Garlicky White Beans in Olive Oil
You can always use canned white beans in place of cooking your own—I just prefer doing it myself as it’s cheaper and I prefer the taste. If you end up cooking too many beans, just toss the extra in a freezer bag and lay flat to freeze (as I mention here—see tip #4), then crack off a chunk whenever you need them.

1 cup dried white beans (navy, cannellini, “small white,” or whatever you like), soaked overnight in water
Olive oil (I prefer “light” not extra-virgin for this, because you’re heating it)
Kosher salt
6 to 7 cloves garlic, peeled and left whole
Spices: red pepper flakes, dried basil, oregano, etc.

[If you’re using canned beans, skip directly to the next paragraph.] Drain and rinse the soaked beans and transfer to a cooking pot. Cover with at least one inch of water and bring the pot to a boil. Reduce to a simmer and cook until tender—this usually takes around 20 to 30 minutes but will depend on the size of the bean and how long you’ve soaked them for. You want them cooked all the way through and somewhat tender, but not falling apart.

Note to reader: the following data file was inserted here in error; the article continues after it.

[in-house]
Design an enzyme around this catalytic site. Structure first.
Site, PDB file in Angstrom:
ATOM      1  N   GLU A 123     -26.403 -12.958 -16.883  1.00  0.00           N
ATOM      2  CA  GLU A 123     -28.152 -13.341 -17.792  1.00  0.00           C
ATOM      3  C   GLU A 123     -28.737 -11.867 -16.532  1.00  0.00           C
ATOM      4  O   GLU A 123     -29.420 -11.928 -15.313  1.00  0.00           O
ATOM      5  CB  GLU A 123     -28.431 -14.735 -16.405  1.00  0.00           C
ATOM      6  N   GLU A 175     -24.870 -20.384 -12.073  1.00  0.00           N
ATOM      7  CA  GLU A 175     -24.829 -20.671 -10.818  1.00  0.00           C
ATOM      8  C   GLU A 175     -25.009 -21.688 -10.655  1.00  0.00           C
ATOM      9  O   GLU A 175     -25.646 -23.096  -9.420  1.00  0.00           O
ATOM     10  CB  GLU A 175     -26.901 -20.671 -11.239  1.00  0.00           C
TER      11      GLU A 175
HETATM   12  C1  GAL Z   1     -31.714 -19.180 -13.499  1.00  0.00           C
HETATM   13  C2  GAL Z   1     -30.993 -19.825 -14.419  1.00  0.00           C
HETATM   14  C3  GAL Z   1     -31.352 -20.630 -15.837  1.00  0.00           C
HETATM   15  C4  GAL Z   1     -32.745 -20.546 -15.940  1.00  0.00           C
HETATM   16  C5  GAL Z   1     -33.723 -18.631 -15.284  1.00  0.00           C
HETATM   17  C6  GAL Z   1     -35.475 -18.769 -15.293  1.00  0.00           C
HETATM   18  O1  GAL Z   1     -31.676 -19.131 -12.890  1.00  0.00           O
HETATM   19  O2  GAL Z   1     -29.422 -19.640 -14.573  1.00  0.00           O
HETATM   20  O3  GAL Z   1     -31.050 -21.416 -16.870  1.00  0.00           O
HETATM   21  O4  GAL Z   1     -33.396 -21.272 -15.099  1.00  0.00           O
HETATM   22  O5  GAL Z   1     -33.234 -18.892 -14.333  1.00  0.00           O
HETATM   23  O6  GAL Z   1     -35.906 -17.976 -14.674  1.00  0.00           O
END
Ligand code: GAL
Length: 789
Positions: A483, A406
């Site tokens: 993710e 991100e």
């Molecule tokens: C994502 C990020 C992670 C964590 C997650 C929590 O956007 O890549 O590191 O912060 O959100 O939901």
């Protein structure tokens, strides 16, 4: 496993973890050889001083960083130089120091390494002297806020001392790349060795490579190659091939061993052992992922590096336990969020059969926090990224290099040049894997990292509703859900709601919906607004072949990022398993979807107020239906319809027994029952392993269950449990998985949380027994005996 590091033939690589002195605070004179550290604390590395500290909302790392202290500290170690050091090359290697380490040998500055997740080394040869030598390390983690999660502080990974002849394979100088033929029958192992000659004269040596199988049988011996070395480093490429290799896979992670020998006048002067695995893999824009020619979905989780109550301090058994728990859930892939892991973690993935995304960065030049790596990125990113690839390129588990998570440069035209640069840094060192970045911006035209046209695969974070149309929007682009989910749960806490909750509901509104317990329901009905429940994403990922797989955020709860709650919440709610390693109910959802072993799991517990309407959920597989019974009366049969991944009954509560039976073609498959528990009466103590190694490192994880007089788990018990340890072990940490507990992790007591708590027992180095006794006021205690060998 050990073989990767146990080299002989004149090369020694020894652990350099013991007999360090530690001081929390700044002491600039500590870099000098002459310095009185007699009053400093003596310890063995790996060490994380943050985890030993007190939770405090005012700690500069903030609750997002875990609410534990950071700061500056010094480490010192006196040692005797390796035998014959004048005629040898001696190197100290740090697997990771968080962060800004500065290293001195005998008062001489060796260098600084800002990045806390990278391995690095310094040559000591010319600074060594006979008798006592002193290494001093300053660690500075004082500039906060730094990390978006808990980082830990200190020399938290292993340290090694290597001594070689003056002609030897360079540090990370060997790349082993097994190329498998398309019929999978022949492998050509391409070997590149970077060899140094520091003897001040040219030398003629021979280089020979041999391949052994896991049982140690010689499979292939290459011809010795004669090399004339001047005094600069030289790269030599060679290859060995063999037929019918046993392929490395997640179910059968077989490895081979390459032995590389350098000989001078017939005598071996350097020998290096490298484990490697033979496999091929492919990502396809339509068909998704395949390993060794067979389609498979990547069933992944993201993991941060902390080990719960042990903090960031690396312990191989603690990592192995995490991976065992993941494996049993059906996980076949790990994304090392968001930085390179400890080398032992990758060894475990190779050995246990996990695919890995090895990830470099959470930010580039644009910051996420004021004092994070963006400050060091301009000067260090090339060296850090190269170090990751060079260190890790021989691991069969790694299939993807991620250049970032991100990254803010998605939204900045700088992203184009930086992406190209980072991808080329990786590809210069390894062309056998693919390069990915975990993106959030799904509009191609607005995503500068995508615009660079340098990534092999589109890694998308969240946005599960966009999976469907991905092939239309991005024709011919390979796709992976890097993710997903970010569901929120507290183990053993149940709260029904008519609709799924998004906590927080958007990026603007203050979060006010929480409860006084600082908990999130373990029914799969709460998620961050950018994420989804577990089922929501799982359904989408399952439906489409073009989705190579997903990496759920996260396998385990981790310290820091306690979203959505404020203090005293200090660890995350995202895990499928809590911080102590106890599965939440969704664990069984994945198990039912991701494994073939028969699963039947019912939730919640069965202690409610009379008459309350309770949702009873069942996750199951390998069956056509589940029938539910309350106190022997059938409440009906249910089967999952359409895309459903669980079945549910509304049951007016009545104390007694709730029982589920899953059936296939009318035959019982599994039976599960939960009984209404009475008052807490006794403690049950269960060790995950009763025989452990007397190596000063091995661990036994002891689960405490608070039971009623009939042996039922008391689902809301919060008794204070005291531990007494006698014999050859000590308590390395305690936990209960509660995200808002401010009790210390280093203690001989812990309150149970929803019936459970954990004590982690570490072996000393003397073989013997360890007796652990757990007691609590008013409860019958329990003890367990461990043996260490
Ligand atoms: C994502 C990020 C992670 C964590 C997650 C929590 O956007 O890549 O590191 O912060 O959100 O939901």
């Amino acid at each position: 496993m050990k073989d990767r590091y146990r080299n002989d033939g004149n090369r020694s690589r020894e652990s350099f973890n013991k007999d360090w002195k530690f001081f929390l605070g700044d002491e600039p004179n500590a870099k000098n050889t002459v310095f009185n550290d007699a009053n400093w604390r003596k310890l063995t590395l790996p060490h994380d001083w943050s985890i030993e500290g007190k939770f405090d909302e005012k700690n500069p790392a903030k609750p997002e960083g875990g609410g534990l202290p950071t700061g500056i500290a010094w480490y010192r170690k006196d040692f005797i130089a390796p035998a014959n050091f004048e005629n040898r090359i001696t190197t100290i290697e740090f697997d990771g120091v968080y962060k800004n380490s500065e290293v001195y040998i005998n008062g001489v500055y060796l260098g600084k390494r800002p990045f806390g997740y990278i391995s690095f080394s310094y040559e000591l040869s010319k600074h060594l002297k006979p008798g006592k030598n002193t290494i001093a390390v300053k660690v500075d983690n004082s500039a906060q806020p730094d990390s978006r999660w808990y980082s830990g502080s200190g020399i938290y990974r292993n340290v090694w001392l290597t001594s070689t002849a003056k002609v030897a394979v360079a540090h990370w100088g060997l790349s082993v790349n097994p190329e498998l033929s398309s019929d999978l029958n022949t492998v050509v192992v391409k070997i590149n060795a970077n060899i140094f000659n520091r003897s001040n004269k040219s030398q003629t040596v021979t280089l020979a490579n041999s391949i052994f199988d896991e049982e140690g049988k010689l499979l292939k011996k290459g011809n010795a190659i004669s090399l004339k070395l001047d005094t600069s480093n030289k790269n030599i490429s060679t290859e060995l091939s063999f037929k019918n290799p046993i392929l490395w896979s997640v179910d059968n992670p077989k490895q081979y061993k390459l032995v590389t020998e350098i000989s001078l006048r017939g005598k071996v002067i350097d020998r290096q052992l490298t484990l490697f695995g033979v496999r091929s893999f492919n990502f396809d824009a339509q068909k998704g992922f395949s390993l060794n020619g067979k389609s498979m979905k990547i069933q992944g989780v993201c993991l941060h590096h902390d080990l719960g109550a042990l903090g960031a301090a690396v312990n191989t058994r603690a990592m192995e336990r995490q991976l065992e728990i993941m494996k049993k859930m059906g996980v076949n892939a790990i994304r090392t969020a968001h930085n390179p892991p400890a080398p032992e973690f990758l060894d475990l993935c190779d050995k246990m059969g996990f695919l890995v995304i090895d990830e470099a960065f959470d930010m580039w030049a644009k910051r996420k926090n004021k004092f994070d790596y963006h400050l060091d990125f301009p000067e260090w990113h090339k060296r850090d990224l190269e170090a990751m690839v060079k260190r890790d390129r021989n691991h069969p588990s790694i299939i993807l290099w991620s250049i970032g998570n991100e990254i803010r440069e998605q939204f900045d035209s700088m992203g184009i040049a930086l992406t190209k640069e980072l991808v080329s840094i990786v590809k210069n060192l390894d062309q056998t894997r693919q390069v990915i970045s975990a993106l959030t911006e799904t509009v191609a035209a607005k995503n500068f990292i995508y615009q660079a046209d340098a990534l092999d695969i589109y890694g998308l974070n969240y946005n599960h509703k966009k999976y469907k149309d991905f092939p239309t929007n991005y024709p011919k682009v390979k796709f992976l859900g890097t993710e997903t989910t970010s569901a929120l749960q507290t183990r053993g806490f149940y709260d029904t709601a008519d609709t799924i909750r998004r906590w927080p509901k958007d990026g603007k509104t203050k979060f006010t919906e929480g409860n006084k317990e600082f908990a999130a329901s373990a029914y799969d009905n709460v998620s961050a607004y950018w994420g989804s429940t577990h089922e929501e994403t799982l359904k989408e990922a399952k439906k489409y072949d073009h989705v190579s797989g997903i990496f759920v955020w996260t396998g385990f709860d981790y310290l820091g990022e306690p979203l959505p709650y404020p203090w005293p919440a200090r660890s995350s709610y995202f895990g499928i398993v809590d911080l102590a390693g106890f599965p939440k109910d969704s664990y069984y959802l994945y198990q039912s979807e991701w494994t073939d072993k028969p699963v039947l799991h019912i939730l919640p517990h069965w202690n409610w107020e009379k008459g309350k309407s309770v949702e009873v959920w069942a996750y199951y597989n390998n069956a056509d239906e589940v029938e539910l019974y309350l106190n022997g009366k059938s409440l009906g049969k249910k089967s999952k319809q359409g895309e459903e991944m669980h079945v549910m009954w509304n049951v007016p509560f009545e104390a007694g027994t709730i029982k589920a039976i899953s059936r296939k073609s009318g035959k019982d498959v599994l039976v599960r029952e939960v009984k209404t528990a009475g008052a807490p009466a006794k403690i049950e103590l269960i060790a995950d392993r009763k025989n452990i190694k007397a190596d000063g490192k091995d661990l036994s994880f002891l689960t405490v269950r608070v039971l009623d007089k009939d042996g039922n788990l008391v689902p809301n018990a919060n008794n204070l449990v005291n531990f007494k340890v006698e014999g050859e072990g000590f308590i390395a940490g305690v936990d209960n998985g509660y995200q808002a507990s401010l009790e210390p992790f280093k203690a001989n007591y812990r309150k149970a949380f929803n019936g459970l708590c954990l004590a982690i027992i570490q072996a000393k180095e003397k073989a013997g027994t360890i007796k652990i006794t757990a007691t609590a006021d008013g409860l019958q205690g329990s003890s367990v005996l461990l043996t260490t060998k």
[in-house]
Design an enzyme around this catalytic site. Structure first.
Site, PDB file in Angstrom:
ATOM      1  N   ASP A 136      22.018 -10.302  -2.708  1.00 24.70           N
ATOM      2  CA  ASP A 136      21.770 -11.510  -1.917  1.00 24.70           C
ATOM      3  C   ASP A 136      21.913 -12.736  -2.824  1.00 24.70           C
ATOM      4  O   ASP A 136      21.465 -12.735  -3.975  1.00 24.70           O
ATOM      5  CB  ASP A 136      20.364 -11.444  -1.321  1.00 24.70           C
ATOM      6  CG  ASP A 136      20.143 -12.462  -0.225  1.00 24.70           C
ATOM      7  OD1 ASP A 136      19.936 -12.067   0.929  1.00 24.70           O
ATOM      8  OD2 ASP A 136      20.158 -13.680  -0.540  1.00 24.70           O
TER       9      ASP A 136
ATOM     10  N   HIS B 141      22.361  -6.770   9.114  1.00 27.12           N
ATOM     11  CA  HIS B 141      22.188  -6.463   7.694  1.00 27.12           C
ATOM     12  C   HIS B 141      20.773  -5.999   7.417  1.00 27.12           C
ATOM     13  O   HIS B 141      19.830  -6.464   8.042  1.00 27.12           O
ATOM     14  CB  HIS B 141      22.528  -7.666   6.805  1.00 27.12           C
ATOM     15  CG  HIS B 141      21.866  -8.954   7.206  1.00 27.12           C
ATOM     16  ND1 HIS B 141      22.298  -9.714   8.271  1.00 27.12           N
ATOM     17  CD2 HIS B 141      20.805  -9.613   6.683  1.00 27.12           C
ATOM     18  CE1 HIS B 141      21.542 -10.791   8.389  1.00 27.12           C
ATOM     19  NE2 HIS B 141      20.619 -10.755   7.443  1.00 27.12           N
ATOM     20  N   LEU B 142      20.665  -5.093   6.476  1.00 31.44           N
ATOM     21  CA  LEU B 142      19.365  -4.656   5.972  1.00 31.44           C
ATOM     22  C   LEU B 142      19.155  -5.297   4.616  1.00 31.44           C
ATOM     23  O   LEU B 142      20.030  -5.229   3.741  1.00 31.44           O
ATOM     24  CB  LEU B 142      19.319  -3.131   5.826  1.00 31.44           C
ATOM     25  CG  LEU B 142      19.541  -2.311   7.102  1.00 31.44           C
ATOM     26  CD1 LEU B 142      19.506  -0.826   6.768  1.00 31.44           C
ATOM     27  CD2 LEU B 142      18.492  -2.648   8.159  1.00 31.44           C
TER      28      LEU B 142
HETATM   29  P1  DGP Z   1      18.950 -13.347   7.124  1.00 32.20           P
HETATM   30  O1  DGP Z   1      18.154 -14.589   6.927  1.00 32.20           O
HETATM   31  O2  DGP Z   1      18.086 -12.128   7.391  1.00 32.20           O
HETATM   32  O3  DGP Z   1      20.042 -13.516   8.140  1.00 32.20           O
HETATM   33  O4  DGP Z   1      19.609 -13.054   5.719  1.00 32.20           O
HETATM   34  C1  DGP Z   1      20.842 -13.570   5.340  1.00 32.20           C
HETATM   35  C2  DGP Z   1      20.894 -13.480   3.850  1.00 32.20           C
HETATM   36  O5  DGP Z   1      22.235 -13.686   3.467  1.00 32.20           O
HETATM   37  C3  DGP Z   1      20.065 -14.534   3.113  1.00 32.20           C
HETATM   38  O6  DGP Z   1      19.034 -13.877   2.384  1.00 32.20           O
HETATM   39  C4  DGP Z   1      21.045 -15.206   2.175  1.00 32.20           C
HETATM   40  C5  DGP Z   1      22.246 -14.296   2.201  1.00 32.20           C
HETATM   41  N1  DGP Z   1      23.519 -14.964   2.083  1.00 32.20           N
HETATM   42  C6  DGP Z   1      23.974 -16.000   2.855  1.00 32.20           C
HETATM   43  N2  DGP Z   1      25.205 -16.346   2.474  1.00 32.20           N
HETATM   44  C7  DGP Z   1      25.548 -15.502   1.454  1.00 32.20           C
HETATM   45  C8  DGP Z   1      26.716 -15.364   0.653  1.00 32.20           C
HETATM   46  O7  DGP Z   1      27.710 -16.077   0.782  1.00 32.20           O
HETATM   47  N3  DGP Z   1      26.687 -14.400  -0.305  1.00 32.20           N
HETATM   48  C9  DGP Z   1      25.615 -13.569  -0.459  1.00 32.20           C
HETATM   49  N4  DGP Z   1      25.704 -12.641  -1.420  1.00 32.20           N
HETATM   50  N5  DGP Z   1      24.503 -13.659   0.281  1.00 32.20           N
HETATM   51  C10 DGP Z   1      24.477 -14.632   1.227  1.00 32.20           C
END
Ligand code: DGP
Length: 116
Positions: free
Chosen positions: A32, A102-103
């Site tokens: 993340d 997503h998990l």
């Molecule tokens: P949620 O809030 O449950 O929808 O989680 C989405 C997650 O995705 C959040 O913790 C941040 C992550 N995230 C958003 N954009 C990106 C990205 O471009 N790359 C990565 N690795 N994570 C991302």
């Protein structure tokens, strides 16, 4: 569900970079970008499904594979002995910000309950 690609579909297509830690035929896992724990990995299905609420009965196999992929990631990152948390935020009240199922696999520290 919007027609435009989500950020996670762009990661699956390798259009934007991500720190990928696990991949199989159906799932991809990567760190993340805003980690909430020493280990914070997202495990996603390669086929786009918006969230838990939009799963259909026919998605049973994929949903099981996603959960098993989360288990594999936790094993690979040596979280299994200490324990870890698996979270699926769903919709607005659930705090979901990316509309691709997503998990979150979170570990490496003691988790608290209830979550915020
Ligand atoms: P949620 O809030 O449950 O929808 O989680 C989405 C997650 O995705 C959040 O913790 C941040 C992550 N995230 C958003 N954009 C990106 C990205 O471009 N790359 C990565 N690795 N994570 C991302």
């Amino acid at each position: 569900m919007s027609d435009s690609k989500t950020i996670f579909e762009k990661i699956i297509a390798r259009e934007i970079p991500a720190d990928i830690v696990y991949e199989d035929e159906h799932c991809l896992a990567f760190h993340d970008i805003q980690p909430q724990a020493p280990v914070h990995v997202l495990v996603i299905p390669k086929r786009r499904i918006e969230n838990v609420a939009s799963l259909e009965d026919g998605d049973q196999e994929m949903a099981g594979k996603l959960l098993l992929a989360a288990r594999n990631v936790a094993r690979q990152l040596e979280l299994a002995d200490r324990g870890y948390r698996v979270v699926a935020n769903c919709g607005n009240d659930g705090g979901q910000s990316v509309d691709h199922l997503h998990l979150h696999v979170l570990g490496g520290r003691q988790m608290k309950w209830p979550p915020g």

Drain the beans well and return to the pot. Cover with enough olive oil to cover by about 1-inch. Yes, it’s a lot of oil, but it can be used/re-used in tons of ways! Even if you end up eating all the beans out of it later, the garlic-infused oil that remains is great as a salad dressing, as a bread dip, or drizzled over pasta.

Heat the beans and oil on low until you start to hear the oil sizzling a bit, but not popping like crazy, which would be dangerous. Add the salt (a generous amount—I probably use a teaspoon of kosher salt at least), garlic, and any spices you like. I use the three spices listed above—a big pinch of each. You’ll have to taste as you go along for seasonings, but just add whatever looks good to you. You could also add garlic powder, fresh herbs, or even a few tablespoons of pesto.